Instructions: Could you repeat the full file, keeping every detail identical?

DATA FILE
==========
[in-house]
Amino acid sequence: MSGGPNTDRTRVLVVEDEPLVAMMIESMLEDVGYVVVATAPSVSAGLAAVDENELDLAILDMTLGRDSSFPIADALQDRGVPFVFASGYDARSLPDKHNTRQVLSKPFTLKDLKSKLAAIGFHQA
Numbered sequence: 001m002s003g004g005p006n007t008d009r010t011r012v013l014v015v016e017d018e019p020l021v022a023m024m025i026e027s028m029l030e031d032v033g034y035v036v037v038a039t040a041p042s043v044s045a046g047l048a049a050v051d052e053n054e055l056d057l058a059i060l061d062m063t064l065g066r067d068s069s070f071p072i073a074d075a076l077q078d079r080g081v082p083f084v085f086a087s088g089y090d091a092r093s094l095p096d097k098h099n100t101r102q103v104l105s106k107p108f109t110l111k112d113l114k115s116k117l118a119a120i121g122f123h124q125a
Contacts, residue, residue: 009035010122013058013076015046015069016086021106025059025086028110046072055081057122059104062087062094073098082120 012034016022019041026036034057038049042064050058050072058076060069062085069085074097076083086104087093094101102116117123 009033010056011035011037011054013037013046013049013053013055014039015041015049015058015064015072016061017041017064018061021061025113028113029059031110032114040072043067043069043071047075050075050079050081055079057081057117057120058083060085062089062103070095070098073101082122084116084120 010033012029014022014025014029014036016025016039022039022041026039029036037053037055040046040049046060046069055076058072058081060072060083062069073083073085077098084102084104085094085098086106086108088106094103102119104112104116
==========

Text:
[in-house]
Amino acid sequence: MSGGPNTDRTRVLVVEDEPLVAMMIESMLEDVGYVVVATAPSVSAGLAAVDENELDLAILDMTLGRDSSFPIADALQDRGVPFVFASGYDARSLPDKHNTRQVLSKPFTLKDLKSKLAAIGFHQA
Numbered sequence: 001m002s003g004g005p006n007t008d009r010t011r012v013l014v015v016e017d018e019p020l021v022a023m024m025i026e027s028m029l030e031d032v033g034y035v036v037v038a039t040a041p042s043v044s045a046g047l048a049a050v051d052e053n054e055l056d057l058a059i060l061d062m063t064l065g066r067d068s069s070f071p072i073a074d075a076l077q078d079r080g081v082p083f084v085f086a087s088g089y090d091a092r093s094l095p096d097k098h099n100t101r102q103v104l105s106k107p108f109t110l111k112d113l114k115s116k117l118a119a120i121g122f123h124q125a
Contacts, residue, residue: 009035010122013058013076015046015069016086021106025059025086028110046072055081057122059104062087062094073098082120 012034016022019041026036034057038049042064050058050072058076060069062085069085074097076083086104087093094101102116117123 009033010056011035011037011054013037013046013049013053013055014039015041015049015058015064015072016061017041017064018061021061025113028113029059031110032114040072043067043069043071047075050075050079050081055079057081057117057120058083060085062089062103070095070098073101082122084116084120 010033012029014022014025014029014036016025016039022039022041026039029036037053037055040046040049046060046069055076058072058081060072060083062069073083073085077098084102084104085094085098086106086108088106094103102119104112104116